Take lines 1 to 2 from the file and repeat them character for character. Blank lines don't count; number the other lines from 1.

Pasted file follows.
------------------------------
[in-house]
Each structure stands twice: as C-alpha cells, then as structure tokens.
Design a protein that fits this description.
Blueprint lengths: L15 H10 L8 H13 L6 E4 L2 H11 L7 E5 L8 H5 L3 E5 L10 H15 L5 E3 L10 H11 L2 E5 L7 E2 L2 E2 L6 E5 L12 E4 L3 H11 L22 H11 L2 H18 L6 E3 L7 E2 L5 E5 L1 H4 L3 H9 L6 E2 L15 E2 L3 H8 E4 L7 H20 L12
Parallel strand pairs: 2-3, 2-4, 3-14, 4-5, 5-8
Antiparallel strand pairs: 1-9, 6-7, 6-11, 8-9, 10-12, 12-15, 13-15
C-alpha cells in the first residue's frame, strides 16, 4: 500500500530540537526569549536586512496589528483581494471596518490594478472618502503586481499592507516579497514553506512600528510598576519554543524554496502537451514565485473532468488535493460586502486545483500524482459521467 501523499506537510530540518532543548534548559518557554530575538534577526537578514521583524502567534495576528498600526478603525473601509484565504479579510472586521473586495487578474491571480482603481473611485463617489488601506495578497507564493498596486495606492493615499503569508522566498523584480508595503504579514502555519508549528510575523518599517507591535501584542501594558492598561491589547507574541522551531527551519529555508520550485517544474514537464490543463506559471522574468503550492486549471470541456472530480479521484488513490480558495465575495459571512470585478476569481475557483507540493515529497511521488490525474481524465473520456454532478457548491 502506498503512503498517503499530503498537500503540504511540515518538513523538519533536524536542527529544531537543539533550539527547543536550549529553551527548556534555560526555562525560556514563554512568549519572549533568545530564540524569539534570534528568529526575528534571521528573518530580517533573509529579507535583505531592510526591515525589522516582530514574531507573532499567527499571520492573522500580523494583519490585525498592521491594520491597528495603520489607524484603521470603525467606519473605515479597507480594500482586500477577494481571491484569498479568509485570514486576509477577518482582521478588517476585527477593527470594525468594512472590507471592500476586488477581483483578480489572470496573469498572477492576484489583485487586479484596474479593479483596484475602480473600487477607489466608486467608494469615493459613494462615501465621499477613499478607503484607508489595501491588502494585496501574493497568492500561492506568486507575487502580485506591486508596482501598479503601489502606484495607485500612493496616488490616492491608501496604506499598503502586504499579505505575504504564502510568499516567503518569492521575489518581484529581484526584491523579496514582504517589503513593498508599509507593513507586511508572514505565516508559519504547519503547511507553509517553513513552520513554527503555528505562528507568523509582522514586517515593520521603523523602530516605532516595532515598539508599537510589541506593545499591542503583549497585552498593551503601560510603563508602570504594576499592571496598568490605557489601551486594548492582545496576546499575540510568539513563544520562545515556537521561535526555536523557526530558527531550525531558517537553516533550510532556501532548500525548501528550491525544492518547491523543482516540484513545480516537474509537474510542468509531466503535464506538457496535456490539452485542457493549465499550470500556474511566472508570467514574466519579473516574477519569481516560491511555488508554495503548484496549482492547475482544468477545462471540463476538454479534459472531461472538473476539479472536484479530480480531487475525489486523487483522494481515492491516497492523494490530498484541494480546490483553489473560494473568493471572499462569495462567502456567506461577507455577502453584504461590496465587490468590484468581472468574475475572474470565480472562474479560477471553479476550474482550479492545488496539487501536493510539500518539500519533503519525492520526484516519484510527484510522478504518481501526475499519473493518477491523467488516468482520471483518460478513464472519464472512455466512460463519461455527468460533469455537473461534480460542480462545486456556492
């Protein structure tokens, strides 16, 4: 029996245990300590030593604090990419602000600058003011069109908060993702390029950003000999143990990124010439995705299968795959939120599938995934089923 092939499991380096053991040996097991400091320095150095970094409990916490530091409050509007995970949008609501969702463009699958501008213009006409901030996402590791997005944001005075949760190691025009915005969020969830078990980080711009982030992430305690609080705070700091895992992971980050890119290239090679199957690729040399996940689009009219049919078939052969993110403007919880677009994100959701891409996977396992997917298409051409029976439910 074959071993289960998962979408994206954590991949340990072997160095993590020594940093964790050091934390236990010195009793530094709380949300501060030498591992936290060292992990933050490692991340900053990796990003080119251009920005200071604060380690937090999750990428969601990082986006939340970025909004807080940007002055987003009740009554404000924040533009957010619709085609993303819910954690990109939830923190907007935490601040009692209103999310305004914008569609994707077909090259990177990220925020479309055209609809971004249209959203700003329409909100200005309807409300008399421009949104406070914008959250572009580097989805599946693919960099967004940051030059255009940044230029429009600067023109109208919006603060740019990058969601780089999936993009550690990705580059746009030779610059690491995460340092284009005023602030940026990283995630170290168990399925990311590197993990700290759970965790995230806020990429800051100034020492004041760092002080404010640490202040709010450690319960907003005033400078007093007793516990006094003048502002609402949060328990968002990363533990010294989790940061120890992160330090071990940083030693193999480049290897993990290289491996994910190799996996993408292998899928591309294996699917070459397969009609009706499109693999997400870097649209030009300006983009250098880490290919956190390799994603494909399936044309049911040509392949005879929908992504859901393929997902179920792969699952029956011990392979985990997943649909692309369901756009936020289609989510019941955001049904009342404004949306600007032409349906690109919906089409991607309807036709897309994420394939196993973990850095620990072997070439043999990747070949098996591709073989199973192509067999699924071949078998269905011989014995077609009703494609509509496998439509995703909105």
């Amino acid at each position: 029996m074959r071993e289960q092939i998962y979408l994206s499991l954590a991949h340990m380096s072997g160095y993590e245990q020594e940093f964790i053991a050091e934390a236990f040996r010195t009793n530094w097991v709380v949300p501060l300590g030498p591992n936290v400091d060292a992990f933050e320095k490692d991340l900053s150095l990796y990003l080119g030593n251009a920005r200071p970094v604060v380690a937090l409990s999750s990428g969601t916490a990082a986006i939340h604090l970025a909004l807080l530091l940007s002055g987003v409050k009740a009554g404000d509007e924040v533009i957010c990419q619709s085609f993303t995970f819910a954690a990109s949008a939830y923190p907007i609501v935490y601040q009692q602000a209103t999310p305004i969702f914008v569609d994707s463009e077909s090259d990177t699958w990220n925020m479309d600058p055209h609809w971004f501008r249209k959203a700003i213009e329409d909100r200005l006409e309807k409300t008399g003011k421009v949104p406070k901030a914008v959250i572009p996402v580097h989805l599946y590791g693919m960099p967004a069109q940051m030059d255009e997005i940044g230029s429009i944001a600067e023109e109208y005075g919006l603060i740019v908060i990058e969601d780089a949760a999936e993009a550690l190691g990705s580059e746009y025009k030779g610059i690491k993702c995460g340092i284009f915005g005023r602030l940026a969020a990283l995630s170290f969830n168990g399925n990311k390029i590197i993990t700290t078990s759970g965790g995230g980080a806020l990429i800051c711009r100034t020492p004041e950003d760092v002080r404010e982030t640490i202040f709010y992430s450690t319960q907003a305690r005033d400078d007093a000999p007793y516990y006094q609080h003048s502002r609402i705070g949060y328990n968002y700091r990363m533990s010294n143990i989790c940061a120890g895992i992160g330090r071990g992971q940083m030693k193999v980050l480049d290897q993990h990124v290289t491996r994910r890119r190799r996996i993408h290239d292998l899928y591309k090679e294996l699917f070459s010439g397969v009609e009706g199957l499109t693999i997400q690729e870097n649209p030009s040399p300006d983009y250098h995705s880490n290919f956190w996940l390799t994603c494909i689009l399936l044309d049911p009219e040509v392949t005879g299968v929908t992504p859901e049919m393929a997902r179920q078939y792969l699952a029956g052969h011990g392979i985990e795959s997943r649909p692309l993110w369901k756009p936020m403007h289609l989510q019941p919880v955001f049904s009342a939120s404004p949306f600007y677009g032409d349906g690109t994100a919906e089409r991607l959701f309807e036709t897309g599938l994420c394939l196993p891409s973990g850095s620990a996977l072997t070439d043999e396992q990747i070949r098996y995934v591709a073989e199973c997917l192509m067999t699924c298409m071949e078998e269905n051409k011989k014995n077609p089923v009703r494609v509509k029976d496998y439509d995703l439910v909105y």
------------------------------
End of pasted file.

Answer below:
[in-house]
Each structure stands twice: as C-alpha cells, then as structure tokens.